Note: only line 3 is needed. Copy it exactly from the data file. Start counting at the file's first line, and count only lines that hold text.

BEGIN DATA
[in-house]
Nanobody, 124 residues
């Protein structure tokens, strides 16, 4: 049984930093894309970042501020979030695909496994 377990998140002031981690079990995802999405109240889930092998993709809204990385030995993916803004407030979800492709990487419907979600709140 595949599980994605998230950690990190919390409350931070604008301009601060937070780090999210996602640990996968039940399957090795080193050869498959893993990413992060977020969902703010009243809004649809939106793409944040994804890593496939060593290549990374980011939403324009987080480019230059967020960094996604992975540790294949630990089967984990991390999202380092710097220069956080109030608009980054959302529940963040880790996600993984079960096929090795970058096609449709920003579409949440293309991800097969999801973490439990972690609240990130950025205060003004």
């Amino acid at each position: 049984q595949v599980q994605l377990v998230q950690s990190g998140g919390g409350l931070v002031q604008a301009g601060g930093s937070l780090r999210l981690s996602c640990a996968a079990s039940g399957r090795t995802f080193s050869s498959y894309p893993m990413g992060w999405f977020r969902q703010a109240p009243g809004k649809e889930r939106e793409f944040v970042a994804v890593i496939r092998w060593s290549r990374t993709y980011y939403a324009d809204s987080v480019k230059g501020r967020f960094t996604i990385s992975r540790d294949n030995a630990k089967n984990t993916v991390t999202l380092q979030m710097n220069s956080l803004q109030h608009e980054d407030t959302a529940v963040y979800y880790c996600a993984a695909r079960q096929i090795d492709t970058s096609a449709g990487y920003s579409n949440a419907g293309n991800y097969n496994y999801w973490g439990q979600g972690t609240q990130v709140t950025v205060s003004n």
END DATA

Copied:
């Protein structure tokens, strides 16, 4: 049984930093894309970042501020979030695909496994 377990998140002031981690079990995802999405109240889930092998993709809204990385030995993916803004407030979800492709990487419907979600709140 595949599980994605998230950690990190919390409350931070604008301009601060937070780090999210996602640990996968039940399957090795080193050869498959893993990413992060977020969902703010009243809004649809939106793409944040994804890593496939060593290549990374980011939403324009987080480019230059967020960094996604992975540790294949630990089967984990991390999202380092710097220069956080109030608009980054959302529940963040880790996600993984079960096929090795970058096609449709920003579409949440293309991800097969999801973490439990972690609240990130950025205060003004």